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Postcard Jack’s first trail ride

Published: 11/25/2015
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This Not Too Old series was developed from reader feedback of the popular Anatomy of a Wreck feature.
Guest columnist Debbie Hight is a Remuda Reader from Norridgewock, Maine. For the past few years, she and her friend, Rob Rowbottom, have worked to rehabilitate a retired, 25-year old standardbred. Rowbottom is a Remuda Reader and skilled horseman who has worked with Elijah Moore and enjoys Buck Brannaman principles and techniques.
Postcard Jack happens to be the winningest horse in Maine track history, but how will he work as a saddle horse?
The series reminds us: Horse or human, you’re not too old to learn.

Read more about Postcard Jack and the Not too Old to Learn features here.

A note from Debbie Hight:

I hope that Rob emailed you about Postcard Jack's first trail ride.  Rob likes to say, "well, let's see what happens..." So, we headed out under the protection of Roxy and me (ha-ha).  Rob got Jack's attention, no problem, we walked out through the 40-acre field, no problem. 
Then we headed into the woods for a short woods ride, just to test him out. It was my idea, of course, I wanted to see what he would do around an enclosed area, with a few fallen branches, one fallen tree, and staying close to home. In hindsight, I really don't think that Rob needed a test drive.
All went well. We headed down another trail, out into another field (I call that field the Buck Field, the scene of one of my many inaugural dumps courtesy of Roxy) and onto the snowmobile trails. 
Big mud puddle?  Only a small problem! 
Overhanging limbs? So what?  Boy, this is fun! 
I really think that because Jack has so much trust in Rob, he would go with him anywhere and through anything. 

A note from Rob Rowbottom:

I've not ridden as I planned to this fall, getting the manure spread, logging, and taking care of the beef critters has been a full time deal. I have managed to put time in on Mac (a rescue horse) and have made some significant progress with using less and less rein.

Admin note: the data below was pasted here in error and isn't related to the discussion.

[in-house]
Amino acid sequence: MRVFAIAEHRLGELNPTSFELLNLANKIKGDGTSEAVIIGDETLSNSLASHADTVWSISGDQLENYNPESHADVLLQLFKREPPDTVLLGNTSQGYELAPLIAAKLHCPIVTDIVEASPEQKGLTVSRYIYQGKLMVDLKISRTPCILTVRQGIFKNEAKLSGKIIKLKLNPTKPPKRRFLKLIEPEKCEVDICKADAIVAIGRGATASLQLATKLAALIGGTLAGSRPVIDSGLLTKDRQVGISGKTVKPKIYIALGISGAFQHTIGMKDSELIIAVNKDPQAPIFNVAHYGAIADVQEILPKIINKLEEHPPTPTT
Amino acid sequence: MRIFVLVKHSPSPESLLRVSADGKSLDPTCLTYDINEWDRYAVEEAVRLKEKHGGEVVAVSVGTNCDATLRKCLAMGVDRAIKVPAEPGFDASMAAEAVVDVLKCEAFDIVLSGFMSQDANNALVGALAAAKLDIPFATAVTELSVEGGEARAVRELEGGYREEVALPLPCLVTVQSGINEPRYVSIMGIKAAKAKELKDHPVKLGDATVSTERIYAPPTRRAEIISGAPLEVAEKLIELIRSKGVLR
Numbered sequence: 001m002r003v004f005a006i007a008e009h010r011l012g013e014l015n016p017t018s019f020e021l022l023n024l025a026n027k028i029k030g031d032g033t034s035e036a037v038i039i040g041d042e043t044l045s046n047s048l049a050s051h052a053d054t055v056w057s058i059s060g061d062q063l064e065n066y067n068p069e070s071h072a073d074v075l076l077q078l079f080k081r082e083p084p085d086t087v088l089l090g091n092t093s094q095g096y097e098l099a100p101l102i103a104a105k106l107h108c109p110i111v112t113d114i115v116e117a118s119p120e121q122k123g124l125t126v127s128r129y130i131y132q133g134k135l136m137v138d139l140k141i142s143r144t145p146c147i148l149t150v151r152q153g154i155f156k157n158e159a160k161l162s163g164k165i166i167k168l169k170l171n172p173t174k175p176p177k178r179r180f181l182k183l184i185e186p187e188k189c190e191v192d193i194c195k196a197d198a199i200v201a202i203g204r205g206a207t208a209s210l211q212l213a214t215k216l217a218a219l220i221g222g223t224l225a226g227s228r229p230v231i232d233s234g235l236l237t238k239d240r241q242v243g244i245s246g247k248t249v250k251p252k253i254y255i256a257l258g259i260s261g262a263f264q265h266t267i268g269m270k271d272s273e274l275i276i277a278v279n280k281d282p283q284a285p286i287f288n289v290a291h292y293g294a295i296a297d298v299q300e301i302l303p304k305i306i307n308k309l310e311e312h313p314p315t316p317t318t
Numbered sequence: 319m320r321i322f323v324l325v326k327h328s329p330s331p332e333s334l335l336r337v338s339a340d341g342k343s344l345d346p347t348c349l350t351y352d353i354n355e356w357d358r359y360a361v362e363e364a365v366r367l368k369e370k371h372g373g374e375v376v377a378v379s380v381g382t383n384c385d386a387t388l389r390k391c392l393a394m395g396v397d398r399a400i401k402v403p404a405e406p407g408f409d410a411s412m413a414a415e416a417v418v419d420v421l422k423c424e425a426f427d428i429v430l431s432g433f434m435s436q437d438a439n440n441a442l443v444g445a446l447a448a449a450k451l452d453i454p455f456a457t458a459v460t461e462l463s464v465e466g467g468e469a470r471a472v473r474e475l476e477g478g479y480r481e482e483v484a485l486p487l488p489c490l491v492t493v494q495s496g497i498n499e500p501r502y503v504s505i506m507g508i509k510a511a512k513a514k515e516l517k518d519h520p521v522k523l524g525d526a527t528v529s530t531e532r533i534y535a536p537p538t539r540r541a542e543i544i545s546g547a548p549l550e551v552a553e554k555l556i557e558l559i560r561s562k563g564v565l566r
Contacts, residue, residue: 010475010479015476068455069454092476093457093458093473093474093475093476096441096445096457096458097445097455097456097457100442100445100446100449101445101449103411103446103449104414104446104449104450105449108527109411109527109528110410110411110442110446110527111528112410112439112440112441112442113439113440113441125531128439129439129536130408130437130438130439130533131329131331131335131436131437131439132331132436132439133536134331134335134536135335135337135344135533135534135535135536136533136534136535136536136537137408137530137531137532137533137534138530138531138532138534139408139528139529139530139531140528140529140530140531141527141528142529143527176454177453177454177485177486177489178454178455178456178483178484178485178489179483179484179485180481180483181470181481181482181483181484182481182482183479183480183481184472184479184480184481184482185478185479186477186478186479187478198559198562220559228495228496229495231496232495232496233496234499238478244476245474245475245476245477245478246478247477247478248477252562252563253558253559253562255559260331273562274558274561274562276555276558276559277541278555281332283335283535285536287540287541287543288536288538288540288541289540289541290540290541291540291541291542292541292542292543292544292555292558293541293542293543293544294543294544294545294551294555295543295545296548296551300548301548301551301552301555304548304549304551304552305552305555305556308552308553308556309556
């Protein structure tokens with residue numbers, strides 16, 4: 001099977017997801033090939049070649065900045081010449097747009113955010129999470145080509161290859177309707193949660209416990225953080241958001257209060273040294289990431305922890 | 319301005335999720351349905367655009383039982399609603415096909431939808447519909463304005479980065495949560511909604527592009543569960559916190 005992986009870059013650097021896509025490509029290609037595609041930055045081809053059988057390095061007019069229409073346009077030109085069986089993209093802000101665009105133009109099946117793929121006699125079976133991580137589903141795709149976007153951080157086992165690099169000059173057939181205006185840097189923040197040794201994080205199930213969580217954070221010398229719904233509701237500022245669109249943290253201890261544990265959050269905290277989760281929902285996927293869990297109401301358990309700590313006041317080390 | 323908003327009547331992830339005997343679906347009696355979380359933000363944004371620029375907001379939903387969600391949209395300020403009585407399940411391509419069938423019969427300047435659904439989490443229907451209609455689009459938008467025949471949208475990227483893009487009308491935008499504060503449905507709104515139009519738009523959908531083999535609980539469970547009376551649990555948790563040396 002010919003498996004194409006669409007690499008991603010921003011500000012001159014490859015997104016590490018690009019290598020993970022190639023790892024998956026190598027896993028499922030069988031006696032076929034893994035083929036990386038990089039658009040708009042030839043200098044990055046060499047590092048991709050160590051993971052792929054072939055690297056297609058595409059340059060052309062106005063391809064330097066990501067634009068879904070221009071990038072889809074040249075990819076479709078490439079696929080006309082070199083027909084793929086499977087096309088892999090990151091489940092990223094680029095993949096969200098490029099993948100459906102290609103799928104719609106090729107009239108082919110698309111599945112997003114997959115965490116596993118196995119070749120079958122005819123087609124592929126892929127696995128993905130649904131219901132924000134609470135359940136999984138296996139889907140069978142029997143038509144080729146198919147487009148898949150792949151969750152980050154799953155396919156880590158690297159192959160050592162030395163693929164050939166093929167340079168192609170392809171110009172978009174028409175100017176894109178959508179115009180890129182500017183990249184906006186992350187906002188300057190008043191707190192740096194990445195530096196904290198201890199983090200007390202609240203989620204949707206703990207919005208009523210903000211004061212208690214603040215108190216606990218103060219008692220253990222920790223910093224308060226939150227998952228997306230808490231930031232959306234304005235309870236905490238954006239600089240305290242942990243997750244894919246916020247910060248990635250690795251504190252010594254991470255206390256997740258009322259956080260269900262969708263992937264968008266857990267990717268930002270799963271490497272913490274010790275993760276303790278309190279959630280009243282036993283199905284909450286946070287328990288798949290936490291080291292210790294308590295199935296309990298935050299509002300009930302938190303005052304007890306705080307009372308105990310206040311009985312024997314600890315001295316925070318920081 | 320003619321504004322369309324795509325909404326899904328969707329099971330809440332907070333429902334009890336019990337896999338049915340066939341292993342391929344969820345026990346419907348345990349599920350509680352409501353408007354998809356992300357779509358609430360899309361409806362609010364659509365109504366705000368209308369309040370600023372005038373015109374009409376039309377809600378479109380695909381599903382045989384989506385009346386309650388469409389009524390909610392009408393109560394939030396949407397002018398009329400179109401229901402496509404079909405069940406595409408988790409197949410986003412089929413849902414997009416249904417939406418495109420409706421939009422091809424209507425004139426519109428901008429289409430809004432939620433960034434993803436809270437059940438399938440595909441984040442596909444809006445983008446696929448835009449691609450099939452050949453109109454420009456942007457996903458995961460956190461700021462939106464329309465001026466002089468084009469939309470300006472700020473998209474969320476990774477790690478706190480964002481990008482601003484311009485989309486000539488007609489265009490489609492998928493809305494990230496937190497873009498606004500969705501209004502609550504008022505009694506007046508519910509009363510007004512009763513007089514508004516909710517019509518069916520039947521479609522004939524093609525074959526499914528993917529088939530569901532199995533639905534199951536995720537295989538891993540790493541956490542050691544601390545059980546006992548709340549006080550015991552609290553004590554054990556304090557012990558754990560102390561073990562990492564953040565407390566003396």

Jack has had some time off, however, and one day Debbie and I were going on a trail ride and she suggested I take Jack.
I was so excited in how it turned out. Jack was a little spooky and doesn't like mud, but he behaved and I had control off all four corners with a great backup and softness.
In the first photo above, Jack initially balked going across a wet run, so I turned him around and backed him across, usually works if you don't have a lot of time. In the picture I've set him up to turn right. I've weighted the left side of my seat, turned my head and torso, and opened my right leg and am about to ask with my right rein to turn right as his right leg leaves the ground. This picture is important to me because I feel the timing is right. A picture is worth a thousand words!

It was so gratifying to see that he wasn't too old to learn and the best part was to see that he has "retained it."
In reality, he was ready for the trails long before this and I believe, like clinicians will tell you, that getting them to fluidly do the things they do in the arena in a field or the woods is so important. I believe that starting from the beginning with effective groundwork and building on that has helped him retain his learned skills.

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    "Practice sharpens, but overschooling blunts the edge. If your horse isn't doing right, the first place to look is yourself" - Joe Heim